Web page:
And sod Flickr. Who cares if the adulation of the Flickr community is somewhat absent. What are you doing… living for yourself or living for Flickr?
      Providing you enjoy what you do and what you produce then that’s all that matters (for the second time of saying). And if you don’t enjoy it, why are you doing it?

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  5. forkboy says:

    Is there anything fundamentally wrong though with wanting one’s work to be liked on Flickr? I mean, isn’t the mere fact we upload our images to Flickr show we have a certain sense….a modicum of vanity regarding our work, especially seeing how we aren’t specifically using Flickr to share family photos with family members in a quick and easy fashion.

    We share our pictures in a public arena. Are you really telling me you don’t care if they are rubbish or not?

    • fotdmike says:

      Ah… I don’t care if other people think they’re rubbish. Yeah, its nice and gratifying if someone likes something I put on Flickr, but if they don’t, or they think its crap, well, that’s no skin off my nose.

      If folk don’t rate my stuff, well, that’s their choice. And how I react to that will depend very much on who they are, what their own stuff is like, and what mood I’m in. Most of the time I just chunter on merrily doing my own thing. Cos that’s what I do.

      isn’t the mere fact we upload our images to Flickr show we have a certain sense….a modicum of vanity regarding our work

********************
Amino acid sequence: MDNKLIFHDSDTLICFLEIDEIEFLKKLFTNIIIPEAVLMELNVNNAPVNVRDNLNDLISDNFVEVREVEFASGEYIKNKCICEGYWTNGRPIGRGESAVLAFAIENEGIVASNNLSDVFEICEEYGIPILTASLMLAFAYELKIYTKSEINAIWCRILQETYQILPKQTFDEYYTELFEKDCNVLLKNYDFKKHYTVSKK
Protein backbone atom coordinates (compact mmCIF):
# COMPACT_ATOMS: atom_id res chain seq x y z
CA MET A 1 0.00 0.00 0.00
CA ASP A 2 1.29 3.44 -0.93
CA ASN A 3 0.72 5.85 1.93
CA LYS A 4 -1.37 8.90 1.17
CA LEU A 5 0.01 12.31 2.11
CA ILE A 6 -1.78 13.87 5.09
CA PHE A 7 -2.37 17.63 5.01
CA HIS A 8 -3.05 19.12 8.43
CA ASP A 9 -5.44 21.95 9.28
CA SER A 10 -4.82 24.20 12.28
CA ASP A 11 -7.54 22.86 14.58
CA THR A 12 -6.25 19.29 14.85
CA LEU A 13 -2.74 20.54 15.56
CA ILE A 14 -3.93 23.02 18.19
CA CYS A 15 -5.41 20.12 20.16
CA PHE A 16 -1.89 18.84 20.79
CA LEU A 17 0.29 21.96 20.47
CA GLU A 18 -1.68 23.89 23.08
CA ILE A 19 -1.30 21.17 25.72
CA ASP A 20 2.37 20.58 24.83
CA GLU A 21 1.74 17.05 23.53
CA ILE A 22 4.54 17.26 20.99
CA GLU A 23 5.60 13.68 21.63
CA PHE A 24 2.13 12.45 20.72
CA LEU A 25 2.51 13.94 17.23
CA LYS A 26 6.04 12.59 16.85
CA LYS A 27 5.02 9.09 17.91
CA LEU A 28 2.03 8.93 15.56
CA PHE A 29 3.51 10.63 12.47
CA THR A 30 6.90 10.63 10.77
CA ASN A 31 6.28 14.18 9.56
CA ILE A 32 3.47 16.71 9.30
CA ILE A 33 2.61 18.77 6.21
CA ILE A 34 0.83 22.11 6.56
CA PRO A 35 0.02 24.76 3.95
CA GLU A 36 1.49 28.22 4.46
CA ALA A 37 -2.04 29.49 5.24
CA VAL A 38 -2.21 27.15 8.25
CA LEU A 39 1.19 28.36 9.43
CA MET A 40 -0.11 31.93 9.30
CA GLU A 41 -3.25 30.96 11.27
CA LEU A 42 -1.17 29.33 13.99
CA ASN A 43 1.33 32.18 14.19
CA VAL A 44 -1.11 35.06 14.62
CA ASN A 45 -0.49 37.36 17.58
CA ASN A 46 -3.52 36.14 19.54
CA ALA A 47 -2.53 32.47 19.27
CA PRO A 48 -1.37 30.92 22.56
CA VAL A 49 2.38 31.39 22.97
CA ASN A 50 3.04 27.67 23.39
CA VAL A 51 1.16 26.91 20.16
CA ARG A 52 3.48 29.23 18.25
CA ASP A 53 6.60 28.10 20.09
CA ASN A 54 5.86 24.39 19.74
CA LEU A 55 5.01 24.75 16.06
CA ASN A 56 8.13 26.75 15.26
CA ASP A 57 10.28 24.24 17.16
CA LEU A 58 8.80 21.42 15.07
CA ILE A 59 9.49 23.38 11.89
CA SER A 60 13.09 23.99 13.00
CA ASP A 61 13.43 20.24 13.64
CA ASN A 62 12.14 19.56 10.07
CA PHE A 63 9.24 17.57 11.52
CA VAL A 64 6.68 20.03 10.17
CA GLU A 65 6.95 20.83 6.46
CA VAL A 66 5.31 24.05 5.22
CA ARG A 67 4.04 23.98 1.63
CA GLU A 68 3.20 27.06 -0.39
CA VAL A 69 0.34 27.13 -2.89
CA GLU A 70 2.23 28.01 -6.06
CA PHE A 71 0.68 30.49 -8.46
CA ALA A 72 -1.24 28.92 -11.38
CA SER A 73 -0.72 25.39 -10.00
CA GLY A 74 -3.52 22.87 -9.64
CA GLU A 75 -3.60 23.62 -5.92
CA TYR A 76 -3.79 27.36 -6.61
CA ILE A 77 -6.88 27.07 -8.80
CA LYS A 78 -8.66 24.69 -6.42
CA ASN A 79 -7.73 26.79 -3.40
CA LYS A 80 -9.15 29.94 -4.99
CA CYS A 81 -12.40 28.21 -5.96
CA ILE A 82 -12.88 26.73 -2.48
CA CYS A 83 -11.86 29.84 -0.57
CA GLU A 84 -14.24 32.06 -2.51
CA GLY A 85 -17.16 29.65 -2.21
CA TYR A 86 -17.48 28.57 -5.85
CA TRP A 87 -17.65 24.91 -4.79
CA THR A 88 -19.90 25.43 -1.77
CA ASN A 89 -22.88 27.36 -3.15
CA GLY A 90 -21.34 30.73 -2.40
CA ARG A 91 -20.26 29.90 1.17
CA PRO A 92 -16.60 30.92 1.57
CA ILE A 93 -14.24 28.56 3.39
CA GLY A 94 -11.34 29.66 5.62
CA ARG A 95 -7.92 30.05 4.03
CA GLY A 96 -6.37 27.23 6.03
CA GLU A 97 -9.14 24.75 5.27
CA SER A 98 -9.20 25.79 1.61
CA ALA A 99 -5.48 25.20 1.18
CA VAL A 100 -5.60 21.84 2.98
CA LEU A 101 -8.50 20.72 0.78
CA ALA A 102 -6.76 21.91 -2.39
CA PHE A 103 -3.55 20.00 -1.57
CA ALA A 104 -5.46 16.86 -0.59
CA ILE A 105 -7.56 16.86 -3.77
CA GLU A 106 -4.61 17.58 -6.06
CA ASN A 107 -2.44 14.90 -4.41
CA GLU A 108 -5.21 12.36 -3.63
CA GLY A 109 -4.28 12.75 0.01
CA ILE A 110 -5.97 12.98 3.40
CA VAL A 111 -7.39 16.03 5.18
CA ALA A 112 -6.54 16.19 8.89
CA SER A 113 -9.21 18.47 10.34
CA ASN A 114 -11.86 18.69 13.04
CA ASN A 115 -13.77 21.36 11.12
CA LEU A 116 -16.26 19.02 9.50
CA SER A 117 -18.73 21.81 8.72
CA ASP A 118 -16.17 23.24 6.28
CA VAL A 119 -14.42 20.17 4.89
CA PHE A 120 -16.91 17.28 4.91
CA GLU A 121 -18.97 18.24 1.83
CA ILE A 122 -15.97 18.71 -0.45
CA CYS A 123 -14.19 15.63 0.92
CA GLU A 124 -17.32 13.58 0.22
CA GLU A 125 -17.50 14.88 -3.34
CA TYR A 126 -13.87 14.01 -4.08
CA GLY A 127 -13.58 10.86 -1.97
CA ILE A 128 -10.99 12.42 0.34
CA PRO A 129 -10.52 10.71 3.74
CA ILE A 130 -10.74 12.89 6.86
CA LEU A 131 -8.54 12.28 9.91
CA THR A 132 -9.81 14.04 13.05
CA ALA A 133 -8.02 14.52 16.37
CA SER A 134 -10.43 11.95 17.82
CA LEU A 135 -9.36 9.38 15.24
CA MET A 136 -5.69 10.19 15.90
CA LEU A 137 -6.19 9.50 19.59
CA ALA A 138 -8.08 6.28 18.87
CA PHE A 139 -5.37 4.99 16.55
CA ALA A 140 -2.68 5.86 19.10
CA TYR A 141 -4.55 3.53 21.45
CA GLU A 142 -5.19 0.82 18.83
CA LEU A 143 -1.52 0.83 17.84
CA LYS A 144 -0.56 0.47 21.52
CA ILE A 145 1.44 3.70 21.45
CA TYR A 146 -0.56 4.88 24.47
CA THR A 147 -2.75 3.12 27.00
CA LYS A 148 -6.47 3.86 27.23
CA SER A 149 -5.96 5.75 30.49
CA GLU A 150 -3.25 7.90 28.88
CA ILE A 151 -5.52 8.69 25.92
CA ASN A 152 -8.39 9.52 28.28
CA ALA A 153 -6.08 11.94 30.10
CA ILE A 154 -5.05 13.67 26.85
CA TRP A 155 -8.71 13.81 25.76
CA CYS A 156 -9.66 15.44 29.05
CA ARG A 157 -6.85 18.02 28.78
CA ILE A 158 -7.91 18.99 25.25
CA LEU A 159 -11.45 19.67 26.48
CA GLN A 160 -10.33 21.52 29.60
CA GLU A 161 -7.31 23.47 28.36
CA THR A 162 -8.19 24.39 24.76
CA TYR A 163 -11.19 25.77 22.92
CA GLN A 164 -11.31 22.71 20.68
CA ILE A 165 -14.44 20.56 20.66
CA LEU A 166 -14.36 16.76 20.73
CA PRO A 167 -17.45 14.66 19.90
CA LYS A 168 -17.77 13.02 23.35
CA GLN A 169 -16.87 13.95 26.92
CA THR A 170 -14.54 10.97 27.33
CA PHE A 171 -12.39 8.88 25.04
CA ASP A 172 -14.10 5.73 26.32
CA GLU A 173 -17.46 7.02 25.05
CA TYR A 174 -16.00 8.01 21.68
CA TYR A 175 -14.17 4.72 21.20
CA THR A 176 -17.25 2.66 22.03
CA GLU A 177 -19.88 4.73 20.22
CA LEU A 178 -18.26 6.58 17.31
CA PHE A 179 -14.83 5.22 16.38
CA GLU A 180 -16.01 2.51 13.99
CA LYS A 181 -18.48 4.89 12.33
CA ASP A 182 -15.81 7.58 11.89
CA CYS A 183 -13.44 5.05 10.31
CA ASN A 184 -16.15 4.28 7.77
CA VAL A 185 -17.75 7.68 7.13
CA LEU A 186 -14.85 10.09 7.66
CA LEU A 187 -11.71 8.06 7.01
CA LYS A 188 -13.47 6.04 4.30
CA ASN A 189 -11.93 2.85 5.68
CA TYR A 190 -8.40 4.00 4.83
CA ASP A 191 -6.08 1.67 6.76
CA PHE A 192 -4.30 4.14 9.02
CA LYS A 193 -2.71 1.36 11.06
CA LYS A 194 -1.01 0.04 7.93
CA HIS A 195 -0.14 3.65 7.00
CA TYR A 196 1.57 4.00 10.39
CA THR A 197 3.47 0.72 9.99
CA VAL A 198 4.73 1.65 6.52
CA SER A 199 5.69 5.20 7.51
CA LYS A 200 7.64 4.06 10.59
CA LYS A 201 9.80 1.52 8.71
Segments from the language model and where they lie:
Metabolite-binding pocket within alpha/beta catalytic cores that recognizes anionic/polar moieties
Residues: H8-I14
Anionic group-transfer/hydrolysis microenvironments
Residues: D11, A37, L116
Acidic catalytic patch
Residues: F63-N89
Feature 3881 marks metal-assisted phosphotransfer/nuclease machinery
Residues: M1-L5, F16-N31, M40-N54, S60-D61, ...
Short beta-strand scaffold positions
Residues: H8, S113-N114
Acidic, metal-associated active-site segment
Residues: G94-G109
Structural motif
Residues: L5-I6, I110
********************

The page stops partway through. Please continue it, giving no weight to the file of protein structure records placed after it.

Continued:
Now that’s just making far too many assumptions regarding why and how people use Flickr. Coincidentally (well, not entirely coincidentally cos it was triggered by your previous comment) I’ve been giving quite a bit of thought to this over the past few hours, but I’ve not yet assembled my speculations in a sufficiently coherent manner to share ’em. In fact, I’ve only just done another blogpost about this very thing.

      I don’t think there’s anything fundamentally wrong with taking pleasure in having one’s pics liked by the Flickr community. It can be quite gratifying and a hell of an ego-boost. But that’s all it is. As superficial and meaningless as that.
      Wanting one’s work to be liked on Flickr is another matter entirely, and I’m gonna reserve comment on that for the mo’.
      What I think is a bad/sad thing though is when lack of recognition on Flickr has a negative impact. That’s the point at which you really need to ask yourself where you’re coming from. Or so I think.

      Do you take pics just for them to be liked on Flickr (i.e., trying to bend yourself to other folks’ sometimes questionable whims and fancies) or do you take pics for your own enjoyment and benefit? Are you seeking to copy conventional and accepted “styles” or are you trying to discover your own? Are your pics an expression of you or are they an expression of how you want other people (i.e., the Flickr community) to think of you?

      In other words, do your pics have “integrity” (no matter how “bad” they may be), i.e., a sort of essential honesty, or are they simply attempts to pander to the trends and fads of the moment?

      Profound questions melad.

  6. Pingback: Sometimes I even agree | Adventures of an Idiot – occasional ramblings of a photography freak